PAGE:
Employment & Business Attorneys Campbell CA

With Arbitration Agreements, Less is More

Many employers try to limit their exposure to employee lawsuits by requiring employees to sign arbitration agreements.  Such agreements can force an employee to submit any claims against the employer to binding arbitration.  This results in a person (usually a practicing attorney or retired judge) making a decision on the merits which cannot be appealed.  The advantages for the employer are that it is generally less expensive, eliminates the need to go to court, and keeps the dispute out of the public eye.  In addition, an arbitrator may be less likely to punish an employer than a jury.

Arbitration can also be advantageous for employees because it enables claims to be resolved faster and with less expense.  For reasons not pertinent to this post, attorneys representing employees generally oppose arbitration.  Because of this, there are many appellate court decisions over the past 15 years  generally favoring arbitration agreements which also spell out procedures to ensure a fair process for employees.

Arbitration agreements for employment disputes are generally enforceable if they meet five conditions that were articulated in 2000 by the California Supreme Court in Armendariz v. Foundation Health Psychcare Services, Inc.: These are:  (1) a neutral arbitrator;  (2) more than minimum discovery; (3) a written award; (4) the right to claim all types of relief that would be available in court; and (5) payment of the arbitrator’s fees by the employer.  Many of the challenges to enforced arbitration over the years focused on the failure of the arbitration agreement to provide each of these conditions.  The appellate courts have consistently held that as long as an arbitration agreement does not preclude the right to the above five conditions, those conditions are implied and the agreement is enforceable.  Therefore, an agreement that simply states something to the effect that “the employer and employee agree to submit all disputes arising from their employment relationship to binding arbitration” is sufficient.  In this case, “less” IS “more.”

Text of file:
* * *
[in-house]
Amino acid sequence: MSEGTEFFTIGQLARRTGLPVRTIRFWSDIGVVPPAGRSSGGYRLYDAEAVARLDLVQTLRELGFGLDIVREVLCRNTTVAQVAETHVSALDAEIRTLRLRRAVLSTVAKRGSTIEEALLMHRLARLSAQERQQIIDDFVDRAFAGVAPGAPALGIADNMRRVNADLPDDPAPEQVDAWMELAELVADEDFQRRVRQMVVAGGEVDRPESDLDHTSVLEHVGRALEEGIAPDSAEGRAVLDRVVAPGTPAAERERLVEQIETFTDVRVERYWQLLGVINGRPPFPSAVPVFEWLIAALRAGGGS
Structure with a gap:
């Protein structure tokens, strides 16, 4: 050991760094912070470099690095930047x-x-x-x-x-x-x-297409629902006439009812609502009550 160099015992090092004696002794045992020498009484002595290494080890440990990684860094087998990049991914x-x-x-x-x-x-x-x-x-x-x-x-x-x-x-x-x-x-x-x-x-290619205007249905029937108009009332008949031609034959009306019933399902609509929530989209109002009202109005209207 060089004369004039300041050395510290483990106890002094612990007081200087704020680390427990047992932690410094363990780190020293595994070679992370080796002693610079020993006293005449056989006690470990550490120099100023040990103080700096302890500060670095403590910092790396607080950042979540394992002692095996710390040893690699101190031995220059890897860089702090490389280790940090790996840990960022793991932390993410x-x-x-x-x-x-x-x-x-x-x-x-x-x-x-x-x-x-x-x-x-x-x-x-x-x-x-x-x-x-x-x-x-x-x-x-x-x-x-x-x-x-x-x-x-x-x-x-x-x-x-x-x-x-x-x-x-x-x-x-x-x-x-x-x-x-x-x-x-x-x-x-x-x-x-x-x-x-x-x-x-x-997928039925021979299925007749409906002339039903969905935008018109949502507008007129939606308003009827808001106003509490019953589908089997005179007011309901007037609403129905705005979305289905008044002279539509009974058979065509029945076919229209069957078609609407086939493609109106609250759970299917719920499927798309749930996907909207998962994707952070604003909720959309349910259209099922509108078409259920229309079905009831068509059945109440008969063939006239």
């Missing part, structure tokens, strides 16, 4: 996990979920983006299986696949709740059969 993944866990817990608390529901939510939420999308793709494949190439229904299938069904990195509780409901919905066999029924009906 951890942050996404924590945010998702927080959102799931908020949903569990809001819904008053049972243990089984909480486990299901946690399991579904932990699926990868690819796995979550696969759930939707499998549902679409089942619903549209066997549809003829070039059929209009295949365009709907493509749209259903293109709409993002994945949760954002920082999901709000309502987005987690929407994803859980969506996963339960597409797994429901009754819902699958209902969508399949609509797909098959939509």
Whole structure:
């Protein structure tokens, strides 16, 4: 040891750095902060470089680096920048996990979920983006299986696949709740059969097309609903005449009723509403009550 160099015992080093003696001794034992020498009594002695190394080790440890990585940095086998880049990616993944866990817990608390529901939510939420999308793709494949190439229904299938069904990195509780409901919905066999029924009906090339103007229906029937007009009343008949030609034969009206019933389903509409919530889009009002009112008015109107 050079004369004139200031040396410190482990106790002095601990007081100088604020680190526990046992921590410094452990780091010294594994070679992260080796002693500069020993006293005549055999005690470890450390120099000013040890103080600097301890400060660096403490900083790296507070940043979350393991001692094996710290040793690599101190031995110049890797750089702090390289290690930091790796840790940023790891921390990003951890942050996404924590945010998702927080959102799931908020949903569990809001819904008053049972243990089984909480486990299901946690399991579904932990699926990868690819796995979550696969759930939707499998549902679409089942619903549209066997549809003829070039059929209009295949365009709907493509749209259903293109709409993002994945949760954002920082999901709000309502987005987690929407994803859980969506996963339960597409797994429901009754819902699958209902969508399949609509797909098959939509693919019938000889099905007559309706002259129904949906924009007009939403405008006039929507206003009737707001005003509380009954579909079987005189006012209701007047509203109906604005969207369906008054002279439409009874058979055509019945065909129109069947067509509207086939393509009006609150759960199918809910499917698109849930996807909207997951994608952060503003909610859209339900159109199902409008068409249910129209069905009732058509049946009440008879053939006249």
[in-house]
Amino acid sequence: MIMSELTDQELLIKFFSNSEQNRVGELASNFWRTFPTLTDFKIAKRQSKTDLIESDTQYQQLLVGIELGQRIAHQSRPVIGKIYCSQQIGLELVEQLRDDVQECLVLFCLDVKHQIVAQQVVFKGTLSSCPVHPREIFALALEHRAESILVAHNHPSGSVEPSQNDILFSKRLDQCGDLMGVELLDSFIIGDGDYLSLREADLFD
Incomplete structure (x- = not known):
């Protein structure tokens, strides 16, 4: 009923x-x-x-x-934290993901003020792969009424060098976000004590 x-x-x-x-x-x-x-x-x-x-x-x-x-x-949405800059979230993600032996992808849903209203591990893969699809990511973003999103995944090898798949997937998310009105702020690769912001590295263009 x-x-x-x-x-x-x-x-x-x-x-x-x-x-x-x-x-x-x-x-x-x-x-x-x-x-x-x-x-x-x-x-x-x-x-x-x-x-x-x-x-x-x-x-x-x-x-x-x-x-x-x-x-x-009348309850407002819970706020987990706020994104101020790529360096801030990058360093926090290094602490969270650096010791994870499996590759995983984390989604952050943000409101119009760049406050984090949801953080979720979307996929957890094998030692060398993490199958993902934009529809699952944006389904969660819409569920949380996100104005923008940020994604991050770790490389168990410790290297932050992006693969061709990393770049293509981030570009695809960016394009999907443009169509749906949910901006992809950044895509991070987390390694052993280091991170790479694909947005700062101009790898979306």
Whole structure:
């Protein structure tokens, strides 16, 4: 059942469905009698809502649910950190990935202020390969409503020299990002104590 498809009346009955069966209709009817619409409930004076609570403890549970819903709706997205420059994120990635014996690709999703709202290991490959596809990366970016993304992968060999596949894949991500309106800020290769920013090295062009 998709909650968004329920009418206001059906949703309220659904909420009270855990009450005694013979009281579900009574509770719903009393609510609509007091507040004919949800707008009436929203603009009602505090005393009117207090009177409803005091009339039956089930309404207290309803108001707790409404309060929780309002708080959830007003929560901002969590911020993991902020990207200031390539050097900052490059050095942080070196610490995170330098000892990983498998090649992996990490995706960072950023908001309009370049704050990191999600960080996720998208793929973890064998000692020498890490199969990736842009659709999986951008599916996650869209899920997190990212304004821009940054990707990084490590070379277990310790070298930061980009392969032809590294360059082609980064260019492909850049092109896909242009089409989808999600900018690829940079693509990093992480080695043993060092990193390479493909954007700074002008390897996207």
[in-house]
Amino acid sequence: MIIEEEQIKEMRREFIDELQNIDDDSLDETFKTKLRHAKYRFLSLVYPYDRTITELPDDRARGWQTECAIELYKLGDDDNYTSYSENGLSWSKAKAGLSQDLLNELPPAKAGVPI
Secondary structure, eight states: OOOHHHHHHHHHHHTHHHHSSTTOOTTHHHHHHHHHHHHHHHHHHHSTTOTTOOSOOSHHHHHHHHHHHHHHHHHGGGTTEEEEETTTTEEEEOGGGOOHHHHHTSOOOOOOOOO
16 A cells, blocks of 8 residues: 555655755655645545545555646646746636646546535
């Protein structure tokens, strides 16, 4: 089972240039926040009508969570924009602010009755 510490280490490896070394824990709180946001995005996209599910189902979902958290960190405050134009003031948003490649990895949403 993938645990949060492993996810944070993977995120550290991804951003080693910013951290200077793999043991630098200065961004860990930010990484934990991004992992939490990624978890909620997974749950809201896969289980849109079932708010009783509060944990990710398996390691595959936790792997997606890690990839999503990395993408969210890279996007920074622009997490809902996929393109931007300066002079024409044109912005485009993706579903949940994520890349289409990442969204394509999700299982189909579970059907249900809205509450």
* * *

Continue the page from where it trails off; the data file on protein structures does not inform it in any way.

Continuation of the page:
Unfortunately, most lawyers who draft employee arbitration agreements cannot resist the temptation to “lawyer up” and insert lots of  waivers, provisos, contingencies, and caveats to the agreement, perhaps (regrettably) based on a philosophy of “more is more.”   While most of the recent decisions focus on whether such agreements can also be used to bar class actions and representative actions under the Public Attorney General Act (“PAGA”), some employers still persist in trying to impose arbitration rules which make it more difficult to arbitrate a claim.  In Roman v. Superior Court, decided in 2009, the arbitration rules that were incorporated into the agreement required that employees pay half of all arbitration fees,  contrary to Armendariz.  The Court of Appeal held that this provision was “unconscionable,” but that it could be severed from the agreement.  This thwarted the employer’s ill-conceived attempt to deter the employee from making the claim but in the process, a lot of time and money was wasted litigating an issue that had nothing to do with the merits.

The lesson for employers is to keep arbitration agreements as simple as possible.  The lesson for employees is to not waste time and money challenging an arbitration agreement if the employer will agree on a fair process consistent with the conditions set forth in Armendariz.

Leave a Reply